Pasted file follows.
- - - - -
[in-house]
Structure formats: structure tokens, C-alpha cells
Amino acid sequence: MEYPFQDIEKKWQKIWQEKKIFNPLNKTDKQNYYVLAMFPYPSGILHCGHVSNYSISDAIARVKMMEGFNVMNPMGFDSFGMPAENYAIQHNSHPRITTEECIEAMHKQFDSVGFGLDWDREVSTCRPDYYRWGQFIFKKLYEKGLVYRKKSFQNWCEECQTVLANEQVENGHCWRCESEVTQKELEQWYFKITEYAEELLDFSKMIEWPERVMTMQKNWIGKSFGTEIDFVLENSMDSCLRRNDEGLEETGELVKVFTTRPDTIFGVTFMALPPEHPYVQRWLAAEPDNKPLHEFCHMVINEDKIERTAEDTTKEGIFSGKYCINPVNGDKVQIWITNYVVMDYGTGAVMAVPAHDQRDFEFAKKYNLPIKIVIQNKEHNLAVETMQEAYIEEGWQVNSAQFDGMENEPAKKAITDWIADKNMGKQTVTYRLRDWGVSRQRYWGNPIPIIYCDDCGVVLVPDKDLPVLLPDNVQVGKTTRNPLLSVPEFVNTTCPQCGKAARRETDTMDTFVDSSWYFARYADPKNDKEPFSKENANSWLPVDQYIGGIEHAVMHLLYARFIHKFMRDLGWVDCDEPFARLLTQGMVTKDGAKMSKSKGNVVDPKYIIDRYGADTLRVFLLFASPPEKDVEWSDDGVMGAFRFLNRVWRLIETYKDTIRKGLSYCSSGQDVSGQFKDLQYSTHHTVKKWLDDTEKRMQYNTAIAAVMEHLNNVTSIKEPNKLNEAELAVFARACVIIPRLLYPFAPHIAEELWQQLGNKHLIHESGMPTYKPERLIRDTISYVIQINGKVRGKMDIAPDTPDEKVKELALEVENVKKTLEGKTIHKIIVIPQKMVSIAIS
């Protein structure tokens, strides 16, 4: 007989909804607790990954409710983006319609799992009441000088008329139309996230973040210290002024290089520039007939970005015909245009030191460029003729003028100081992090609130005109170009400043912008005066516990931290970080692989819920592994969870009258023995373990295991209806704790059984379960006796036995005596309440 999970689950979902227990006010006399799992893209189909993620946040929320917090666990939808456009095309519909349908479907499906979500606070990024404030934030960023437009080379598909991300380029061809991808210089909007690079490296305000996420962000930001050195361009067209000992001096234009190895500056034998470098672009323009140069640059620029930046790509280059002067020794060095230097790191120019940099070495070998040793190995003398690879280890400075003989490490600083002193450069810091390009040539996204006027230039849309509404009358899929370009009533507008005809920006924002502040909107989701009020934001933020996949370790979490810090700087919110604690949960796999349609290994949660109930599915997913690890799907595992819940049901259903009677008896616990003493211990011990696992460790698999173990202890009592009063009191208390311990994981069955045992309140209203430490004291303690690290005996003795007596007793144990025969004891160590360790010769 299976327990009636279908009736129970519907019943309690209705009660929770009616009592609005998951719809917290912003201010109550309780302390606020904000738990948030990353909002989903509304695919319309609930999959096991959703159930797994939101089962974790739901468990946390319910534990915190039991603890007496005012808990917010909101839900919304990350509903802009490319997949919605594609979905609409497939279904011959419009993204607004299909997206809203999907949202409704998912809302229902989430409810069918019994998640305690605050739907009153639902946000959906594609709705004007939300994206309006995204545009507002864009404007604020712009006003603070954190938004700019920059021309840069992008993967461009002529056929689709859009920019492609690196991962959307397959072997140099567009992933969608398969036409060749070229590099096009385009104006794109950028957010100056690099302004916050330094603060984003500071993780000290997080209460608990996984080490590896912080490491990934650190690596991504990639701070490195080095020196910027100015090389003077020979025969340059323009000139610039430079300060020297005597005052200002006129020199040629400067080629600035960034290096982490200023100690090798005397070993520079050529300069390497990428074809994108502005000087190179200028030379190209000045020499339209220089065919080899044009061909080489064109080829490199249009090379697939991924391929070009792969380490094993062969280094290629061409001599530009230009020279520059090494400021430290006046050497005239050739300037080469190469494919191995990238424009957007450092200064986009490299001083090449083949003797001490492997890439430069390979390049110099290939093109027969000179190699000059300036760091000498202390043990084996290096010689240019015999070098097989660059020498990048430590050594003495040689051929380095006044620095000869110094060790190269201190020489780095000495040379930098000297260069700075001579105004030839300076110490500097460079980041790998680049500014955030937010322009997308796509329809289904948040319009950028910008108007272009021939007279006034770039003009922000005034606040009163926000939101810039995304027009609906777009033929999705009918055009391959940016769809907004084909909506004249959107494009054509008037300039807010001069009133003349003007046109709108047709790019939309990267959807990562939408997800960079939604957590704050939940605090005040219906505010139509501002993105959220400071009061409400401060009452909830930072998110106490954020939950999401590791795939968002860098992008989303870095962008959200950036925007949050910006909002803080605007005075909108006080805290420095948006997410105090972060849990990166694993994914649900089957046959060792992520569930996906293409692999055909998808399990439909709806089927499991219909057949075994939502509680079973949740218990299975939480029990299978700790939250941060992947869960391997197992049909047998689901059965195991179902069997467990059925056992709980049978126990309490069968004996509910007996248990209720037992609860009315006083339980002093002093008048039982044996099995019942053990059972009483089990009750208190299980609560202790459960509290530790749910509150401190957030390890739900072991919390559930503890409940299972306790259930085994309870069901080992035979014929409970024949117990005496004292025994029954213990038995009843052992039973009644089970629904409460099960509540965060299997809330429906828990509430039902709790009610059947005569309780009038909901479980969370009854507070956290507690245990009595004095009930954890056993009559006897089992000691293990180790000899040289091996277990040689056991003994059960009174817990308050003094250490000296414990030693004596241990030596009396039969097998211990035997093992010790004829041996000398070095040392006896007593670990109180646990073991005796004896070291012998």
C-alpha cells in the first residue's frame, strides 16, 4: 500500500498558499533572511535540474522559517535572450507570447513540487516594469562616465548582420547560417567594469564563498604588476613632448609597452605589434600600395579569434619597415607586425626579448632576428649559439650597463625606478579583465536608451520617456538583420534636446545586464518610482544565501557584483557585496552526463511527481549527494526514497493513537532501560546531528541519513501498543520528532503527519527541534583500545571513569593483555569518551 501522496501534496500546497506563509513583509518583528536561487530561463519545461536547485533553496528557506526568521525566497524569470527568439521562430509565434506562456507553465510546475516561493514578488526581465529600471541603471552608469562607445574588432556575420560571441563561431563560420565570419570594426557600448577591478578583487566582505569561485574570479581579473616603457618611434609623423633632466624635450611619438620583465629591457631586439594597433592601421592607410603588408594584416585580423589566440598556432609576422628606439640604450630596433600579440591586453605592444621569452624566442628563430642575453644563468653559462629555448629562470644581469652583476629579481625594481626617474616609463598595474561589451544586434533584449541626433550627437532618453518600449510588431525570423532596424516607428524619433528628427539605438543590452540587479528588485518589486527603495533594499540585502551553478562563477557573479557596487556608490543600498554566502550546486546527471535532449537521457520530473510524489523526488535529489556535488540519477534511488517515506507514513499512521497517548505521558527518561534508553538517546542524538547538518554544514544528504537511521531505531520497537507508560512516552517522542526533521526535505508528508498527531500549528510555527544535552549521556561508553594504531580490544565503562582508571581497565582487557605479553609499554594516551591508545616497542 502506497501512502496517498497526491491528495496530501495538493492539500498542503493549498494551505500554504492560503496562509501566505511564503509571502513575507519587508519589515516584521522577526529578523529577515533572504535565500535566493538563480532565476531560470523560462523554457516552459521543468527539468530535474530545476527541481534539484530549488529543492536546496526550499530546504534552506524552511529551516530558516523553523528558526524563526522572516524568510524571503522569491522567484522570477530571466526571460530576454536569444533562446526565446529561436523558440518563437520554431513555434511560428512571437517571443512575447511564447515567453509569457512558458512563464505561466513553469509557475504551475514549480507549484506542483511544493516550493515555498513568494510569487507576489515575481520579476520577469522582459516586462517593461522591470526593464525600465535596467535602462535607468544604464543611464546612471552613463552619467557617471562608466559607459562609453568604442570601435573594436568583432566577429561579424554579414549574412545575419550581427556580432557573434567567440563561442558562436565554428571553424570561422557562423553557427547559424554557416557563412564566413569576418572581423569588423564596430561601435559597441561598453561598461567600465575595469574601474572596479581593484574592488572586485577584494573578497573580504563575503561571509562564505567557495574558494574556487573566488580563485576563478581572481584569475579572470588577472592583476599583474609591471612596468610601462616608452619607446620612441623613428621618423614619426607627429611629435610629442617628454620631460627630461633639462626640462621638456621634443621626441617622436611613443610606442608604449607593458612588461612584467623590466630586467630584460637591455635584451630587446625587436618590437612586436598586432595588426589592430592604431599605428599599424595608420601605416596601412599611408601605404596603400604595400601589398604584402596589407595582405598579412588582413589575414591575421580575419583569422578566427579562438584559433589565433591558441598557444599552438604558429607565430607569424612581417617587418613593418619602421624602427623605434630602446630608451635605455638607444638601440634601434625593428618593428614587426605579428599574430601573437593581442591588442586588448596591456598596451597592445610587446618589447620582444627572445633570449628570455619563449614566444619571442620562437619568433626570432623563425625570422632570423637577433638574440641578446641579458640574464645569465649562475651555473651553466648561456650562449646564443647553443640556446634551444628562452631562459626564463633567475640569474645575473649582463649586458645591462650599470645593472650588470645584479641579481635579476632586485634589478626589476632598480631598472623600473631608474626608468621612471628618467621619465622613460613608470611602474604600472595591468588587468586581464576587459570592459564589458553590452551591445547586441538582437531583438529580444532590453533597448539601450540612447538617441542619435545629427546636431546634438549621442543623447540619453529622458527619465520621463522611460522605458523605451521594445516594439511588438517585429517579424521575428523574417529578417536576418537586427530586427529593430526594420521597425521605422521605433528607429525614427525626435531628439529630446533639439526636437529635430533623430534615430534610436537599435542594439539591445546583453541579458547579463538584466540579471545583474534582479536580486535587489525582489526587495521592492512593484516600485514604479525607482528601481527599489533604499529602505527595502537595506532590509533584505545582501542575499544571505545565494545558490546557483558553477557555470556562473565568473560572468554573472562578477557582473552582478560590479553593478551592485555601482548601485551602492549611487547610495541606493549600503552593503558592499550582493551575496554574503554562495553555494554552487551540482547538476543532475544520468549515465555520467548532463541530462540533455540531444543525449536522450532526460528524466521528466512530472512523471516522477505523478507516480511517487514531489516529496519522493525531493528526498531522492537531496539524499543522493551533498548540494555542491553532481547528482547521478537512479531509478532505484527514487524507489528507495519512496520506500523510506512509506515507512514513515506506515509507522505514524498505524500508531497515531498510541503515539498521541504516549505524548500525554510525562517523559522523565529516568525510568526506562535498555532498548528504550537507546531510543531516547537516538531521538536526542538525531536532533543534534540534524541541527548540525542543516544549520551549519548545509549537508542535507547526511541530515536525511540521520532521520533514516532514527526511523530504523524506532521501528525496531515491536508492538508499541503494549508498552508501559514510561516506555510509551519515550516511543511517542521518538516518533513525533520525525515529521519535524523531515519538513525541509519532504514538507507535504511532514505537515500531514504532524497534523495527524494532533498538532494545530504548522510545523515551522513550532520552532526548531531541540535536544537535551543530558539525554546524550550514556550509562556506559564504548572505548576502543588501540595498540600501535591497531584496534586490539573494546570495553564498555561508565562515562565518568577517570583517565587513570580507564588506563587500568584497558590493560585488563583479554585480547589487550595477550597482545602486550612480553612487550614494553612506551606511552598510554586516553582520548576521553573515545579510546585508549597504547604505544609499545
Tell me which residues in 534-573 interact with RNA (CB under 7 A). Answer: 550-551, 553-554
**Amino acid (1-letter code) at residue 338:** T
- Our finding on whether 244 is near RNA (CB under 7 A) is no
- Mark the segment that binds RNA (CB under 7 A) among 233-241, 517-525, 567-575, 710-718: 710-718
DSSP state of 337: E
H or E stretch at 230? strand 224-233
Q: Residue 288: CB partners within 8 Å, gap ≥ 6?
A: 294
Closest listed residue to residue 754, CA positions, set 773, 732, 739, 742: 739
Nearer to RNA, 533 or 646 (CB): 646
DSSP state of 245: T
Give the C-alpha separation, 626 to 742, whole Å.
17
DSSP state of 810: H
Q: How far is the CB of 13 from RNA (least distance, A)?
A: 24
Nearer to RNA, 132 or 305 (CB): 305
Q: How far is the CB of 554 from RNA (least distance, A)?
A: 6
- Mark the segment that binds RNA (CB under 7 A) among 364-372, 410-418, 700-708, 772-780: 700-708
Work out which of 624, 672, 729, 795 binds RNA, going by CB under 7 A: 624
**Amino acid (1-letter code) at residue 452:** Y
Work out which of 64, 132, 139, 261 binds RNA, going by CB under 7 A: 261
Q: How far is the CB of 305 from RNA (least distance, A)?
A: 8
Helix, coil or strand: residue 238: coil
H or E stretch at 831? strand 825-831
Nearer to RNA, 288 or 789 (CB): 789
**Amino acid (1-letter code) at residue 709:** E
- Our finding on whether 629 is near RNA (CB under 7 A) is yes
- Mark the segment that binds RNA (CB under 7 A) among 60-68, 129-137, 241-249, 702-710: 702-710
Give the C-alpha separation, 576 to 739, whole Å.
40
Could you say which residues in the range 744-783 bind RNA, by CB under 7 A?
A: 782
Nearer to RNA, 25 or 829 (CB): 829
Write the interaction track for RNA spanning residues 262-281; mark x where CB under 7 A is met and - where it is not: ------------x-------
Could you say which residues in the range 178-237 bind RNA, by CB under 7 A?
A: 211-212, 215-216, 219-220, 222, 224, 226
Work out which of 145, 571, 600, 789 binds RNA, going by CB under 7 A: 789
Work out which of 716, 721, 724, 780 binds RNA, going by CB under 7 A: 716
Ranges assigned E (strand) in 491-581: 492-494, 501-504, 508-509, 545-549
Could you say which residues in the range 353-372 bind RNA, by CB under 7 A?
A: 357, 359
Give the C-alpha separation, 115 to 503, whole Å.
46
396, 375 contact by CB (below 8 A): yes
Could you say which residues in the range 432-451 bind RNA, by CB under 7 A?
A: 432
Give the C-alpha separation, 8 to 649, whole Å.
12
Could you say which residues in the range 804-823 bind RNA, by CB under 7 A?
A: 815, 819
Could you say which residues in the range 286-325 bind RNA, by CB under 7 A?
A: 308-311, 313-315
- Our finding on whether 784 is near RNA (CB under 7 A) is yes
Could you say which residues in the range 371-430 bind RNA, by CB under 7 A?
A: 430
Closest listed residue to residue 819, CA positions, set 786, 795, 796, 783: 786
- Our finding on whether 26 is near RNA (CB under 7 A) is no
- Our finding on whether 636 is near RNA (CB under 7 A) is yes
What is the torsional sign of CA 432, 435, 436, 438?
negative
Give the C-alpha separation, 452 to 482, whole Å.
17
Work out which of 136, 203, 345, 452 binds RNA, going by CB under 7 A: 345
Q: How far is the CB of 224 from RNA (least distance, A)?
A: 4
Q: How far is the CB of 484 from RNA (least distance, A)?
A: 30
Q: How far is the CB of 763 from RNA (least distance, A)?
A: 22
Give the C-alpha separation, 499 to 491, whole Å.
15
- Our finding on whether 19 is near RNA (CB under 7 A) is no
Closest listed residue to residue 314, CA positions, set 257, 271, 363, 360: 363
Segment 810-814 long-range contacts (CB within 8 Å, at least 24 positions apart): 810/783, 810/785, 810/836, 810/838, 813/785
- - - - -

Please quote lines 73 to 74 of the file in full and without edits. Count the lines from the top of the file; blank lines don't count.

A: 4
Q: How far is the CB of 484 from RNA (least distance, A)?